“The idea was to take the sites used for wealthy aristocrats and make them available to workers,” Nickell said.
Sochi became a favorite of Stalin, and more recently of Vladimir Putin. Construction boomed in the 1930s. As befitted a workers’ paradise, the common person’s sanatorium was built to look like a Greek temple, with grand columns, imposing statuary and lavish gardens. The rooms were modest — workers were supposed to spend their time elsewhere, in self-improvement. Eventually sanatoriums were sponsored by trade unions, which would send deserving workers there for up to 24 days of treatment. Husbands and wives, working at different enterprises, ordinarily did not travel together when they went for the cure.
Change for the future
One grand still-standing sanatorium goes by the name Metallurg. Another, belonging to the Ministry of Interior, is called Salute. A sanatorium for coal miners focused on respiratory diseases, offering hearty gulps of oxygen. The Rossiya, built for the party elite, has already been turned into the luxury Grand Hotel and Spa Rodina, where rooms start around $650 and soar to $5,500 a night. It is so opulent that its beach looks full of polished stones instead of the usual rough-hewn Sochi rocks.
Southern Beach was built in 1964 for the Ministry of Medium Machine Building, later revealed as, and renamed, the Ministry for Atomic Energy. Naturally, it specialized in warding off the effects of radiation exposure and treated thyroid problems. Today, its clientele is mostly an older generation, accompanied by journalists covering Olympic preparations.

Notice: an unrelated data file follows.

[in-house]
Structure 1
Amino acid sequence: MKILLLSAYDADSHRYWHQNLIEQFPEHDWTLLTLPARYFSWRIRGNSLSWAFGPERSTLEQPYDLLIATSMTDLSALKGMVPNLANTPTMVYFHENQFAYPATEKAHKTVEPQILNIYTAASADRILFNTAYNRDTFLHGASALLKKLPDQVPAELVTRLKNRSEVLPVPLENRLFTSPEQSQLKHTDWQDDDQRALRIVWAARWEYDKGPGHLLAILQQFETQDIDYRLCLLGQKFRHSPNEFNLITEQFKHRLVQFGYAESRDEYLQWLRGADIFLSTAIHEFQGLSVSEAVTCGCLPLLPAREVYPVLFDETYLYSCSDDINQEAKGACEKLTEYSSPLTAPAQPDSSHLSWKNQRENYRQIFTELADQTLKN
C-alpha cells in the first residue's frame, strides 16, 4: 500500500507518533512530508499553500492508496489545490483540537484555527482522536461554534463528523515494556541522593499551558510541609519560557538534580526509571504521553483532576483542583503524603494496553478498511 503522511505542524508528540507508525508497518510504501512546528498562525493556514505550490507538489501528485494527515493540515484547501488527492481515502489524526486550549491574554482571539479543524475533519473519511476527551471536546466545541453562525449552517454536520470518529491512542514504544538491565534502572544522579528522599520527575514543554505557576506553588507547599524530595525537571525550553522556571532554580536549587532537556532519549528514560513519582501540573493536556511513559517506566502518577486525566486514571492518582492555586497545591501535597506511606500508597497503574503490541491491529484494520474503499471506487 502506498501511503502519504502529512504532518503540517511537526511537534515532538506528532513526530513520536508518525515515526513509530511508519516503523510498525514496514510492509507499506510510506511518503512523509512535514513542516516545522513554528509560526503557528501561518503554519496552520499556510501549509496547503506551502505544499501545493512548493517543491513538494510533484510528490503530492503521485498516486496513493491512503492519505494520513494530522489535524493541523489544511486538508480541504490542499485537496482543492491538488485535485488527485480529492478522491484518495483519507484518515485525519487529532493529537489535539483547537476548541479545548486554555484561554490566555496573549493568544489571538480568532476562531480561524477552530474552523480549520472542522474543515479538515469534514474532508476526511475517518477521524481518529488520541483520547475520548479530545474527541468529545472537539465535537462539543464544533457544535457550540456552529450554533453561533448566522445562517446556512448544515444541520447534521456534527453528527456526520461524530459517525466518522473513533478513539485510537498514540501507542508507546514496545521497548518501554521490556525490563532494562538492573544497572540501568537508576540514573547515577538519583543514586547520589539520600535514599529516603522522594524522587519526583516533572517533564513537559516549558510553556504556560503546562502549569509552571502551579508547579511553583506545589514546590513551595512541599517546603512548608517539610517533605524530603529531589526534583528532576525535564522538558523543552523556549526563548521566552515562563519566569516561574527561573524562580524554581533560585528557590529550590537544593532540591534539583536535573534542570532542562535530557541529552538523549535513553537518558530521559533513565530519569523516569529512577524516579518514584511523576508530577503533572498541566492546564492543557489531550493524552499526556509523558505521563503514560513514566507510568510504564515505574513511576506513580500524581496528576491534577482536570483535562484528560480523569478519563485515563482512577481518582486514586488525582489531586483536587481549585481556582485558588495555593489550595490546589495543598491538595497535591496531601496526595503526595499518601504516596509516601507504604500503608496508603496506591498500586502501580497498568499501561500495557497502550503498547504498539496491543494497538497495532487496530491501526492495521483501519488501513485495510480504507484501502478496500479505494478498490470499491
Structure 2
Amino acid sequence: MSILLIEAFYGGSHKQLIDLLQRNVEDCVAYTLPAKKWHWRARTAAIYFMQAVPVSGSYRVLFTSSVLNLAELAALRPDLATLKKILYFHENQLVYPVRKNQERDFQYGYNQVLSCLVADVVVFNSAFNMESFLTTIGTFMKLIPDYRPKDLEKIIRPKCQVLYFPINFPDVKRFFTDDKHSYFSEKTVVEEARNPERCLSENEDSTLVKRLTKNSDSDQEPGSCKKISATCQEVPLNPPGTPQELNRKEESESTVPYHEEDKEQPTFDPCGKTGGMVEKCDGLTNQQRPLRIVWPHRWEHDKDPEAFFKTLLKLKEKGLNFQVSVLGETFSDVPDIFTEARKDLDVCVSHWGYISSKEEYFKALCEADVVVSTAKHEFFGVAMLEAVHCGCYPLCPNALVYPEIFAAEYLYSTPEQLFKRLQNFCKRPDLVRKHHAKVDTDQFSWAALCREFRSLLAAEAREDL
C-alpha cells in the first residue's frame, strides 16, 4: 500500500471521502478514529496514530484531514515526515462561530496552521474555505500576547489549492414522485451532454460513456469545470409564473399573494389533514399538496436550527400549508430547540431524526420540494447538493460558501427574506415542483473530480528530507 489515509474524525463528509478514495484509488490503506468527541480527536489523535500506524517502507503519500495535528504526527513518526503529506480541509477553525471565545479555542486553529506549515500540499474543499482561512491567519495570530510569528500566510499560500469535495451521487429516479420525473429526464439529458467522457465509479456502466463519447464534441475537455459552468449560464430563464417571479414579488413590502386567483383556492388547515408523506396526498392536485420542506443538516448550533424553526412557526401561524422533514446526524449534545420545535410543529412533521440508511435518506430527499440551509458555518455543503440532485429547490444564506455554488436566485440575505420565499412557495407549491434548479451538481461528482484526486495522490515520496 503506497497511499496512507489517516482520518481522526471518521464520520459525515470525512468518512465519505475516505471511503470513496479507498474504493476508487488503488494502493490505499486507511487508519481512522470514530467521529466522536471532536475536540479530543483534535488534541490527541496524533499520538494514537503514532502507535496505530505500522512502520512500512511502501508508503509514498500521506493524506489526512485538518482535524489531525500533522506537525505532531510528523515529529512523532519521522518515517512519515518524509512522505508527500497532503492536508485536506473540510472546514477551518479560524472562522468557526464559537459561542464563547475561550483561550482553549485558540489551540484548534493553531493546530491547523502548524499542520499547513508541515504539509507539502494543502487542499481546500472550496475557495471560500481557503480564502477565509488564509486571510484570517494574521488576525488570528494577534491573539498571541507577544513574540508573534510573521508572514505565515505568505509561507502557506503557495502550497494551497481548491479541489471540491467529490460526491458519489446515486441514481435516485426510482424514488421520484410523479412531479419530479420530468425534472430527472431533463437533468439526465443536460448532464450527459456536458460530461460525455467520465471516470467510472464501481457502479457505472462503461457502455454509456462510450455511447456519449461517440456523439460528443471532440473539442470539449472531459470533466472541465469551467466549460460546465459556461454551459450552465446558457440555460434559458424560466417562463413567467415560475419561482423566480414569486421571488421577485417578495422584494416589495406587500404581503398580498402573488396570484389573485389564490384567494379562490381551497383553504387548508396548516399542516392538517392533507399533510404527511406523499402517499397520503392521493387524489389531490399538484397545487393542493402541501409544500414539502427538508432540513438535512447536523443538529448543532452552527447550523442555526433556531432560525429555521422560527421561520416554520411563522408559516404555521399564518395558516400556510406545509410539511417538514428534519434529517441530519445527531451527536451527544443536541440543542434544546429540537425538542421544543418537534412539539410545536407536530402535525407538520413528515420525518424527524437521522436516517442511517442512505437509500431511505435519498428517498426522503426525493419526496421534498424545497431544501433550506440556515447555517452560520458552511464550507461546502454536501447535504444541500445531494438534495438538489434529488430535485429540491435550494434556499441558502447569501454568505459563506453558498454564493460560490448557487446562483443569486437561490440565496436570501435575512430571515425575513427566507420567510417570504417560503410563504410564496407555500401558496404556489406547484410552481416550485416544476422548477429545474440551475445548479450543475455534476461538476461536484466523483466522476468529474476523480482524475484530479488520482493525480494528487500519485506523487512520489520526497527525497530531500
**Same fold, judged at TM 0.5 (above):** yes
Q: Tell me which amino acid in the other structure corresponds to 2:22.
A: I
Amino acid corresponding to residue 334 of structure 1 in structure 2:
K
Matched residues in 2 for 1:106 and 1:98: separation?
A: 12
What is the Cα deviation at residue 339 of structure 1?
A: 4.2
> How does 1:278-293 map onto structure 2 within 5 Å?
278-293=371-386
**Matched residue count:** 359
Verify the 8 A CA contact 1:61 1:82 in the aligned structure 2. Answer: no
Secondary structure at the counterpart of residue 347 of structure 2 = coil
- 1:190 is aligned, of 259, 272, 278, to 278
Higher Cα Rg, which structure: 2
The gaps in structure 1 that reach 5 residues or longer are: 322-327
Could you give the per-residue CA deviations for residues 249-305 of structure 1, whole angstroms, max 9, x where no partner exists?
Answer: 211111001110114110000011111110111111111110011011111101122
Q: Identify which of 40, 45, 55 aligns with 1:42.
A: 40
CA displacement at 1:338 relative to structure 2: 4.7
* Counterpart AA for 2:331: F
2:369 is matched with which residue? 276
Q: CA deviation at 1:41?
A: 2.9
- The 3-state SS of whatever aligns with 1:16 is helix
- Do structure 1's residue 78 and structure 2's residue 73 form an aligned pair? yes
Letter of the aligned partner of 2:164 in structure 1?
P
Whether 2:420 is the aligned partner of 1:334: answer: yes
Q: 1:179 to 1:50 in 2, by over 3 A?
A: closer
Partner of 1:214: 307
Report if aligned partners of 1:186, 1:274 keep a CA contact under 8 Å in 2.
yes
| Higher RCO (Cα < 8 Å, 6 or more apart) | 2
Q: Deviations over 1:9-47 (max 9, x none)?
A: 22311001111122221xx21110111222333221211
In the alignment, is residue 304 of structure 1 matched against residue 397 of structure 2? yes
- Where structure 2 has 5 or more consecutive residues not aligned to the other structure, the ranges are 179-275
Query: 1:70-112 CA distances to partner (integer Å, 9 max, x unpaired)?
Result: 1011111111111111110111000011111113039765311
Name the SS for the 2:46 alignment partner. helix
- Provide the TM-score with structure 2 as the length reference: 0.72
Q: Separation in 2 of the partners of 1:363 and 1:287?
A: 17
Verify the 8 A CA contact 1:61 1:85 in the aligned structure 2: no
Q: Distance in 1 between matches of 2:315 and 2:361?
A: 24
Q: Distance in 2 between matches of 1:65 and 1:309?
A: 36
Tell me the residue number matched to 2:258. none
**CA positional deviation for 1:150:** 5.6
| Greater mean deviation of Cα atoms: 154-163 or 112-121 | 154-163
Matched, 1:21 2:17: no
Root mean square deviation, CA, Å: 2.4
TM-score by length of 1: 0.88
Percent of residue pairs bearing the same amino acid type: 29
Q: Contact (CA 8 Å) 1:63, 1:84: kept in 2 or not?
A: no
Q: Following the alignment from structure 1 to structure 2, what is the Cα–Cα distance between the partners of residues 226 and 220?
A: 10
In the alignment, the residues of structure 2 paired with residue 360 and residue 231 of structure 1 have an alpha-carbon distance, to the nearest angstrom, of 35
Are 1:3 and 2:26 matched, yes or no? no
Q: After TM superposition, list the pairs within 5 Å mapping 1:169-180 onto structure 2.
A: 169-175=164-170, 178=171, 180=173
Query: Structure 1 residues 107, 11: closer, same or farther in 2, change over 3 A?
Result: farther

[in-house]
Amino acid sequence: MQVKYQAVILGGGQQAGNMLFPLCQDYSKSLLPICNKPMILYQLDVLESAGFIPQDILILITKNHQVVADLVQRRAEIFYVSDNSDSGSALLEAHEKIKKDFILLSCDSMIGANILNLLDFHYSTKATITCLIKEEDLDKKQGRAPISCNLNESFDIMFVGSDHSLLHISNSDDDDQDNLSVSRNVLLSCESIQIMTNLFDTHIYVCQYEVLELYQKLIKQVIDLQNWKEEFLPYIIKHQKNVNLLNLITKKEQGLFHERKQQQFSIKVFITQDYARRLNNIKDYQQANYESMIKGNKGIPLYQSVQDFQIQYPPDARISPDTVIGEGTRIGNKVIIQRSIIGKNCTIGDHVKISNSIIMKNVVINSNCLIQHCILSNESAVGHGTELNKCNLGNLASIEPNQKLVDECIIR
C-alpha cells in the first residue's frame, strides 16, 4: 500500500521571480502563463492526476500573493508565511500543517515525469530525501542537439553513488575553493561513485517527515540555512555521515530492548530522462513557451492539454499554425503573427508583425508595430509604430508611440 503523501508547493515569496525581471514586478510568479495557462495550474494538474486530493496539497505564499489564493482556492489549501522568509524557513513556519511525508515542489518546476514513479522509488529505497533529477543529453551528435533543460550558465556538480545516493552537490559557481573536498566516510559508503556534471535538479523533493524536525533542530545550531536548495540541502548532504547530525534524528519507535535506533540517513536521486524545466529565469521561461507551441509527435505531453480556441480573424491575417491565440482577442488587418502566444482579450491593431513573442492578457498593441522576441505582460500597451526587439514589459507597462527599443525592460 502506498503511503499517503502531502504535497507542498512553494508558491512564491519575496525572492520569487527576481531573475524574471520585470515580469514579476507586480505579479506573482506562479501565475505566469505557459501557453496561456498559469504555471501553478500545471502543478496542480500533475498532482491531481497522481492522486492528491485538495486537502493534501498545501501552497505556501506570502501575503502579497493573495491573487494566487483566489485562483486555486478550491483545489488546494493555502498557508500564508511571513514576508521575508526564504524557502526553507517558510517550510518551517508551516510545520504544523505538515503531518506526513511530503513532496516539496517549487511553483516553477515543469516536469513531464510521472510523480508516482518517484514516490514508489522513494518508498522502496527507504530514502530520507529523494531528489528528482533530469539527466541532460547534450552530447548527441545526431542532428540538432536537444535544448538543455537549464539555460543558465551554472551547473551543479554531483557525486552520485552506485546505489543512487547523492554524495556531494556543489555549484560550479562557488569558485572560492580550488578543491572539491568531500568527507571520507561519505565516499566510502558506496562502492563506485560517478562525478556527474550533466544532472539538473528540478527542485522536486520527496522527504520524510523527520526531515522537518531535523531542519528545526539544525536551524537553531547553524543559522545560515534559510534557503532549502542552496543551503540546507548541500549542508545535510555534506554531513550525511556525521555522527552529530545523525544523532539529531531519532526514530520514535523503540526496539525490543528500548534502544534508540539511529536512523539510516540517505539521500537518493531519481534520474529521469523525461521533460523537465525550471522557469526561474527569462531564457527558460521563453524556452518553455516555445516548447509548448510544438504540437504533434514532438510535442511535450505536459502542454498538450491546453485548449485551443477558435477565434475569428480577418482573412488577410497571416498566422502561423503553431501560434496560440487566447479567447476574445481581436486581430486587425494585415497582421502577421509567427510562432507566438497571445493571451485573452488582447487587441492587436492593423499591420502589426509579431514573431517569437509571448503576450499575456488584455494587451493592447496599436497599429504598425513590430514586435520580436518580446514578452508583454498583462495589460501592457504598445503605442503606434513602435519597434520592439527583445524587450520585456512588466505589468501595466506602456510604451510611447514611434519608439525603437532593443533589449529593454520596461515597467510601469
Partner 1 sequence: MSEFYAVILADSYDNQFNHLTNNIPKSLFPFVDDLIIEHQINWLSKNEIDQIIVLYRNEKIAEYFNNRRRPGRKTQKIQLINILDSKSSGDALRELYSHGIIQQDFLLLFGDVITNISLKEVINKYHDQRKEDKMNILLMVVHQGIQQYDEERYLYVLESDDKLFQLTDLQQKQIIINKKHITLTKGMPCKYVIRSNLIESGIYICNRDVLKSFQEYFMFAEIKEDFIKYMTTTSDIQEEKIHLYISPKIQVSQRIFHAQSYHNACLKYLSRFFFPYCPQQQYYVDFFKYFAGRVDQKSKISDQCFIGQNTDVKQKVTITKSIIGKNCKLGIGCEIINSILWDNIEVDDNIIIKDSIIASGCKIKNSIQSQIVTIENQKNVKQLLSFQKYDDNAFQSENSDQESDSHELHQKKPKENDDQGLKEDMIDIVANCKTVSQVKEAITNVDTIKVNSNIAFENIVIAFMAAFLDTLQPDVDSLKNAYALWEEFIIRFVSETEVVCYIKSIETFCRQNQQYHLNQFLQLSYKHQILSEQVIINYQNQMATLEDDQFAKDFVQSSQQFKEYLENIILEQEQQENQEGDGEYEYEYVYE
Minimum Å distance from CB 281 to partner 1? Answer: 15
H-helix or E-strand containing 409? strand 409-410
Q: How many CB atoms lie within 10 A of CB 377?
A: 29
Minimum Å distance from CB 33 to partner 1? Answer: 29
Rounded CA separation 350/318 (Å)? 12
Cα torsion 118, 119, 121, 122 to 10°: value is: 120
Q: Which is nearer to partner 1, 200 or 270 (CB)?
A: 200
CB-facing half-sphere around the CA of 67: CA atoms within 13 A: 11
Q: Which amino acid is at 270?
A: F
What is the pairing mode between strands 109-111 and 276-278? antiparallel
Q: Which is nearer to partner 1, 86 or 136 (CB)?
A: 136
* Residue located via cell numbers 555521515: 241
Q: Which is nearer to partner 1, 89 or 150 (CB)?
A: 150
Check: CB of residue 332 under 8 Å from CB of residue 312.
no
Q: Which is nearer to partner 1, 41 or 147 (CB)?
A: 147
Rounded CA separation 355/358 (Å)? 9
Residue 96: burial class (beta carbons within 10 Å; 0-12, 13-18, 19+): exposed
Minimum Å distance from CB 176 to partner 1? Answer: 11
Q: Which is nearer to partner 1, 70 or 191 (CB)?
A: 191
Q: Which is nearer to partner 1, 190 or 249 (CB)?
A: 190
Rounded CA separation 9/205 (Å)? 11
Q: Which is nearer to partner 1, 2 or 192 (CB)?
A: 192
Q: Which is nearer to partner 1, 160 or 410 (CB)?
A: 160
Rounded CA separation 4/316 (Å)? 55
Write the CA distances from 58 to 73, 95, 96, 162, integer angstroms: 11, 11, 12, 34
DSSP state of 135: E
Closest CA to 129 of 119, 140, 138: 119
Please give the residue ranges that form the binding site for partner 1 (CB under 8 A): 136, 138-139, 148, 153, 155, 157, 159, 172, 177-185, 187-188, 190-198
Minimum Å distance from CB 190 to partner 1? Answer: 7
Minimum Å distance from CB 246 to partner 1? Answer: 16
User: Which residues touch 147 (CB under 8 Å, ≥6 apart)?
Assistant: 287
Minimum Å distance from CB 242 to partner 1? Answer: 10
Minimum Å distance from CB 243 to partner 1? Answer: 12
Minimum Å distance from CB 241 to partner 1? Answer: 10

Local residents are skeptical about the way the government is using the Olympics to give Sochi airs. Who can afford to live in the fancy high rises, asks Olga Noskovets, an environmental activist. The city’s face is being disfigured, she says, and its healthy air and water fouled by power plants and too much construction.
Much of the old Sochi — the Sochi of the free trade union trip, the right to a wholesome getaway, the comradely evenings spent dancing around the fountains — has already disappeared, Nickell said. Now, people are spending time alone on their modern balconies instead of with the masses.
“I doubt it will disappear completely, because I think there will always be some people who subscribe to the view that was so dominant for so long — going to the Black Sea and taking the treatments,” he said.
Russia may have stopped building communism, but even a capitalist needs the occasional shot in the arm.